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A Call to Action: Building Neighborhoods that Work

Last week, Bread for the City was awarded a $200,000 grant, courtesy of Bank of America’s Neighborhood Builders. Our CEO, George Jones accepted on our behalf and issued a call to action to everyone in the District: It’s time to build neighborhoods that work. Here’s what he had to say:

The greatest thing about being the CEO of Bread for the City is that I so often have the honor and privilege to accept awards like the Bank of America Neighborhood Builders award Bread is officially receiving tonight. When we learned that we had won this prestigious and much coveted grant award, we were so thrilled and proud. On behalf of the Bread Board, staff and community members we serve, thank you to Bank of America and the committee of volunteers and staff who selected our agency to receive the $200,000 general support grant and the yearlong leadership training and support that is a part of the award.

For over 40 years, Bread for the City has sought to assist and support our DC neighbors who live on low and sometimes no income. Over that same time, and increasingly we have sought to improve and reform our agency, and advocate for city wide public reforms that are key to providing our neighbors, almost exclusively people of color, with equitable access to resources that would in fact build economically strong neighborhoods, families and individuals.

In Washington DC, over 109,000 residents live at our below the federal poverty line. That means a family of four (4) survives off of $25,100 or less a year, and an individual lives on less than $12,200.  The families we see at Bread average an annual income of less than $10,000 a year.

While accepting the Nobel Peace prize in 1964, Dr. Martin Luther King said in his speech that there is nothing new about poverty, but what is new is that we have the resources to end poverty.   

I thought a lot about Dr. King’s speech after I learned we’d receive this award. I believe that Dr. King’s assertion that we have the resources to end poverty is more true in Washington, DC than ever before. In DC, and the surrounding metro area there is not only enough wealth to end poverty, but we have the technology and brain power to completely break the cycle of poverty in the next 20 to 25 years.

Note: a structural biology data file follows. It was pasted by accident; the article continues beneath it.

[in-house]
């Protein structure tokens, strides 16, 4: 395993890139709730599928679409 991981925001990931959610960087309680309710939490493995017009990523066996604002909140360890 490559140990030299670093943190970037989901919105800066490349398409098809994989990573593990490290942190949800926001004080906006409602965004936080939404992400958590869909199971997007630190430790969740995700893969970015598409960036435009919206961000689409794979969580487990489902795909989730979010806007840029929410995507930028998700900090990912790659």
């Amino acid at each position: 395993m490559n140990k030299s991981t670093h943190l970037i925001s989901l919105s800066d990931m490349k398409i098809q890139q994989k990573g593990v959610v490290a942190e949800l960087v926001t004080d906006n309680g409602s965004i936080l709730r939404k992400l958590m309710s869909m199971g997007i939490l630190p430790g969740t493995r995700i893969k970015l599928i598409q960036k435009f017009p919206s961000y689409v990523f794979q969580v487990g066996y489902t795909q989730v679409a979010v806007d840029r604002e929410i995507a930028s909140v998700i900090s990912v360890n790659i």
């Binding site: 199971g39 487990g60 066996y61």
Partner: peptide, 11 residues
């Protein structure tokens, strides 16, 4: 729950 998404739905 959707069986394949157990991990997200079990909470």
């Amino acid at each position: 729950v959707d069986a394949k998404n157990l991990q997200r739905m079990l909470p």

Yes, I believe we have the resources, technology and smarts, but to end poverty in DC it will require courage and political will.  The courage and will to fund and build 50 to 80,000 units of quality affordable housing, to reform the workforce and economic programs to ensure that families living in poverty have an income that comes much closer to a living income, we need to reinvent our schools so that they are equitably resourced and become welcoming and affirming for all children, especially children of color.

I challenge all of you, myself included, to look around as you move about the world for the rest of this week and beyond. The world I’ve outlined isn’t a fantasy. In fact, it’s reality for many of us who are privileged enough to be contributors to charitable efforts as opposed to the recipients of those efforts. The very name of this grant is powerful — Neighborhood Builders. But nearly all of us don’t have to contend with the almost Hurculean task of building neighborhoods, because we already live in neighborhoods that work. We have access to healthcare. Our children don’t have to depend on lotteries to receive a quality education. We make enough money to not choose between keeping the lights on or putting food on the table. Many of us live in neighborhoods that work. All of us should live in neighborhoods that work.

Abraham Maslow, in 1943 outlined a hierarchy of needs that we all have. Maslow’s hierarchy of needs started with physiological and safety needs – those needs include food, shelter, financial security and health and well-being. When people, especially children are assured of those basic needs they have a true opportunity to reach their full potential, or as Maslow would put it to self-actualize.   When they don’t children often experience a kind of trauma that threatens their ability to survive, or live stable lives and most importantly to thrive in our city and our country.

So in closing, Bread for the City will use this grant to build programs that work. AND we accept this Bank of America Neighborhood Builders award as an official call to action to help end poverty in DC, by building neighborhoods that work.

 

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